Spencer Platt ’94 is no stranger to violence.
As a photojournalist for Getty Images, he has been deployed to some of the world’s most war-ravaged countries, from Afghanistan to Iraq to Congo. He was in New York City on September 11, 2001, his camera capturing the horrific moment when the second plane exploded into the South Tower of the World Trade Center. He was dispatched to Sandy Hook Elementary School in 2012 to chronicle the immediate aftermath of the shooting massacre of 26 children and teachers, and to the Pulse nightclub in Orlando shortly after 49 people were murdered by a gunman. For more than two decades, his unsparing images have told hard truths.
Still, when he was assigned to cover the confirmation of Joe Biden’s presidential victory over Donald Trump in Washington, D.C., on Jan. 6, 2021, Platt was confident that despite Trump’s baseless assertions that the election had been stolen, the day would end peacefully. He’d covered numerous Trump campaign appearances, rallies, and protests, and had found them to be well-policed, and the crowds, while always boisterous and at times displaying open hostility toward the gathered news media, were largely non-violent
Even with his “antenna up” about Jan. 6, Platt had purchased a train ticket to return home to Brooklyn that night.
“I thought [Trump] would speak; that there would be screaming and yelling, then things would settle down and I’d be on the 607 to New York,” he recalls.
The ticket never got used. By day’s end, Platt had borne witness to an unprecedented attack on the U.S. Capitol by a mob intent on halting the final step in the electoral process and forcefully reinstalling Donald Trump as president. In the mayhem outside the building, as rioters stormed metal barricades and attacked Capitol police officers, Platt trained his camera on a man in a red hoodie and black ballcap clutching an American flag while the crowd swirls around him. The man’s face is covered in a gas mask, but his eyes, visible behind the glass, turn toward Platt, acknowledging his camera just as the photo was taken.
Platt’s picture of the rioter has earned him a Pulitzer Prize for breaking news, shared with four Getty colleagues whose collection of gripping photos chronicle the assault on the Capitol.
Recalling Jan. 6, Platt notes that at the morning rally outside the White House, Donald Trump was stationed behind bulletproof glass and a chain-link fence had been erected around the White House, unusual measures that seemed to indicate authorities had anticipated the possibility of extremist actions. When the rally ended and the crowd began to move toward the Capitol building, Platt moved with them.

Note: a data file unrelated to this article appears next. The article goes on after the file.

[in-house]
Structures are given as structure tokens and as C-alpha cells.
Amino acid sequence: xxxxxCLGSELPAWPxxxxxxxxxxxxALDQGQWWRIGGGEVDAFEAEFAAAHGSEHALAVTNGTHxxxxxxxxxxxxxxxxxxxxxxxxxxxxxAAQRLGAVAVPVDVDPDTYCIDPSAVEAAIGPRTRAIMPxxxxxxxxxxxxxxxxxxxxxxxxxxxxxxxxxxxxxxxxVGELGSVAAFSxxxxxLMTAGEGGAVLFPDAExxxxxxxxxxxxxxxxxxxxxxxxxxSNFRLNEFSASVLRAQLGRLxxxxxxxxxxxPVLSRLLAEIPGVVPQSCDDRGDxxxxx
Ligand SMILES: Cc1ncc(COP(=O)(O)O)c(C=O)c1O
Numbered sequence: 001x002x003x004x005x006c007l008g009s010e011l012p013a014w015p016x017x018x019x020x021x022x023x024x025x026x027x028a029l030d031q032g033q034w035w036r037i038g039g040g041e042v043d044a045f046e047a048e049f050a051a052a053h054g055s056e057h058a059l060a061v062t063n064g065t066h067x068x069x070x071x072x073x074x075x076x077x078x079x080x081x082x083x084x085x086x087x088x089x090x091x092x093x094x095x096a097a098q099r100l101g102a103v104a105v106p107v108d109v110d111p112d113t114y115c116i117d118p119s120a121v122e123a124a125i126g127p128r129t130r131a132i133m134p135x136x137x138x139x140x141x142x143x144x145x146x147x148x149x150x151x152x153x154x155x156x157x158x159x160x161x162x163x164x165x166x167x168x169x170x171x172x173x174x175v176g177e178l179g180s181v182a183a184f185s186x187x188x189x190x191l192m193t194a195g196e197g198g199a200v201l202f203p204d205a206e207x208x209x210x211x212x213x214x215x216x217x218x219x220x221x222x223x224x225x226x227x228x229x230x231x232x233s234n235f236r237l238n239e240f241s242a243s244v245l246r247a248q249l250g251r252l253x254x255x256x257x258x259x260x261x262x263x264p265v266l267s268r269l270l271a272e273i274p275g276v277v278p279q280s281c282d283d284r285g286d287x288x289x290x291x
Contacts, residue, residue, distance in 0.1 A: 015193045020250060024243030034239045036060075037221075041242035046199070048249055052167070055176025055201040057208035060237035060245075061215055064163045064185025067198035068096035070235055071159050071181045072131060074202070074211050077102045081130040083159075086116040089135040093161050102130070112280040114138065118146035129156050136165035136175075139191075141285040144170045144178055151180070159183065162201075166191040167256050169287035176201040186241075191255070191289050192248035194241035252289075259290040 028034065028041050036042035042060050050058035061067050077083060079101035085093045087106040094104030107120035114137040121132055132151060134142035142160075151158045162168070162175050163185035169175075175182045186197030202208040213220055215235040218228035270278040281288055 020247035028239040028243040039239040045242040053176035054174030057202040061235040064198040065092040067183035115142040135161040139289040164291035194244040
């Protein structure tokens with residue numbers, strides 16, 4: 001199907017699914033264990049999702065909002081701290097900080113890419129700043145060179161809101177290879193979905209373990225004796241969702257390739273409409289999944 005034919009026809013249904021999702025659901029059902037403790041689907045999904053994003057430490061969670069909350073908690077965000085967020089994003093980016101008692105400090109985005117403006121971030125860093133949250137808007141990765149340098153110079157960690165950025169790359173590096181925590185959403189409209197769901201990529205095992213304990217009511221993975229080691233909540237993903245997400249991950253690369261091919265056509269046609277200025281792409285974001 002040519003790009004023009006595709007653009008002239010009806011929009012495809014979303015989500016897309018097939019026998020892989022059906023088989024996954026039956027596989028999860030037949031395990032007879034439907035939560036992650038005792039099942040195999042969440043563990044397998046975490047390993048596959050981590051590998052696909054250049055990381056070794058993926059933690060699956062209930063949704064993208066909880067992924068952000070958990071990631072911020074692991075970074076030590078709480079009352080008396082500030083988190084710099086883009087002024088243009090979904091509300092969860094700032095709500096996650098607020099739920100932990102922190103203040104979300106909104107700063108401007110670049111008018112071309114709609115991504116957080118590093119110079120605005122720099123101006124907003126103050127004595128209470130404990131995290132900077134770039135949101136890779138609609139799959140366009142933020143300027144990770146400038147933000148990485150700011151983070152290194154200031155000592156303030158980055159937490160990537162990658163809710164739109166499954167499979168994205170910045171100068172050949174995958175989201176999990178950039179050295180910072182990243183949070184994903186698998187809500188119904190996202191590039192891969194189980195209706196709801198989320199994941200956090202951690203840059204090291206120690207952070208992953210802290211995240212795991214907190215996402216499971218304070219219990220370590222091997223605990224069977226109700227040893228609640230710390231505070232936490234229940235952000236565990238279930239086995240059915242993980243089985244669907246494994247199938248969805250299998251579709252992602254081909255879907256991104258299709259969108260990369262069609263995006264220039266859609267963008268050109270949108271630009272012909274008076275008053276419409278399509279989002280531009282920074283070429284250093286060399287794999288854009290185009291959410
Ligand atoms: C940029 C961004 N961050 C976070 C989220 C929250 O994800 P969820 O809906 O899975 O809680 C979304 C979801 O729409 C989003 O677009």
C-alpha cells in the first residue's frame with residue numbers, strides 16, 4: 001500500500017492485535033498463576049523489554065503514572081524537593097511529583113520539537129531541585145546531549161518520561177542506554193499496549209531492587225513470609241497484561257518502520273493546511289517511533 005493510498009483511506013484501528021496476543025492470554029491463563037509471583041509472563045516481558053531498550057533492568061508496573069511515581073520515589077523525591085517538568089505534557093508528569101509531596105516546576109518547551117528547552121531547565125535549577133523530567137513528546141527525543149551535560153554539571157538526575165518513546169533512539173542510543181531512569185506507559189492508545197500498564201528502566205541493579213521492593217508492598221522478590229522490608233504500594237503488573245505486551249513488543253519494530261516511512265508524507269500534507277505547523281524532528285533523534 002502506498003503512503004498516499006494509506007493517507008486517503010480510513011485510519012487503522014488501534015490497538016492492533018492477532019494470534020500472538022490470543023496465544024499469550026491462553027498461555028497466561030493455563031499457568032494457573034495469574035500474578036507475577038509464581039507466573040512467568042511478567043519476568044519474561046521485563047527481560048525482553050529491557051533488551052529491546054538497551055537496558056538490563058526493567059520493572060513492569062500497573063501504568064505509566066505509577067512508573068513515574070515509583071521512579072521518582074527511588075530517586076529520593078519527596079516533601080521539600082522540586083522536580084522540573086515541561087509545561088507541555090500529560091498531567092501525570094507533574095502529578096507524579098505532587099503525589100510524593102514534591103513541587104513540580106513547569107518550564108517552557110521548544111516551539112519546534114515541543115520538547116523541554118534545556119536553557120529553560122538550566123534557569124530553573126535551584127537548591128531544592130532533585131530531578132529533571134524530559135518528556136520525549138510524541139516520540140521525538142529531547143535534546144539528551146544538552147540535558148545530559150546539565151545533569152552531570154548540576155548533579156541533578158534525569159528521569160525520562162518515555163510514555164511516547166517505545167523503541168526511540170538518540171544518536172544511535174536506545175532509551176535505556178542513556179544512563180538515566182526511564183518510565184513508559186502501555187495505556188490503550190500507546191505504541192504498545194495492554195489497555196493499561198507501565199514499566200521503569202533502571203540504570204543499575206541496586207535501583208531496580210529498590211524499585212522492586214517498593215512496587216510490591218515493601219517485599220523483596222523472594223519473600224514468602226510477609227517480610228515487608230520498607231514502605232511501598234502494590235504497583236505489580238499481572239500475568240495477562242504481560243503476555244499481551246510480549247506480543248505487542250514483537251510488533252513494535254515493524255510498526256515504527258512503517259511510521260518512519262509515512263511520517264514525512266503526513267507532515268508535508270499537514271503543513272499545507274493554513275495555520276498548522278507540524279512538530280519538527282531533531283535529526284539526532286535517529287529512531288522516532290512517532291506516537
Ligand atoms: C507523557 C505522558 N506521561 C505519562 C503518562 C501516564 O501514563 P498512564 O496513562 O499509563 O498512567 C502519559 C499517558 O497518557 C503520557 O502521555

He was shocked to see how unprepared the Capitol Police were for their arrival.
“The police were massively unprepared, as though they were caught off guard. Most of them weren’t wearing riot gear,” he recalls. “Everyone was unprepared for the magnitude and significance of what was occurring. If you were to ask me if I charged in knowing what this was going to be, the answer is: absolutely not.”
Platt has been listening to the proceedings of the House select committee investigating the attempted insurrection, which have revealed that most of the officials inside the Capitol chamber had underestimated both the intensity of and the calculation behind the protestors’ response.
“We’d all heard the tough talk, but it was just talk,” he says. “It’s starting to come out how detailed, organized, and planned this was.”
Platt likens the experience of navigating through the mob that day to being caught in a surging crowd at a rock concert or sporting event. “I could not move,” he remembers. “I eventually had to crawl through people and climb up scaffolding just to get around. It was unbelievable.”
Platt has won prestigious awards before, including the 2007 World Press Photo of the Year for his picture of young Lebanese citizens surveying bombing damage in Beirut during the Lebanon-Israel crisis in 2006. He was a Pulitzer finalist last year for his coverage of New York’s battle against COVID-19.
He learned that the Getty team had won the Pulitzer this year while he was returning from covering a homicide scene in Queens.
“I was driving my motorcycle home and my phone was blowing up in my back pocket,” he says. “I was on the BQE [Brooklyn Queens Expressway] and I pulled over in the breakdown lane. It was my editor, and he said, ‘We WON!’ I didn’t believe it at first until I had a chance to talk to him later. It’s an honor.”
As a seasoned photojournalist who started as a Worcester street photographer while a student at Clark, Platt is more inclined to pursue fresh stories than reflect on past triumphs. Such is the unpredictable life offered by a profession that can place you on the front line of history and forces you to keep moving through the crowd for the next great shot. When he looks at his Pulitzer-winning photo, Platt may wonder what became of the man in the gas mask or what his motivations were for storming the Capitol, but as he notes, “We had no time to chat.”
A profile of Spencer Platt ’94 will appear in the fall issue of Clark magazine. To view his photography, check out his Instagram profile.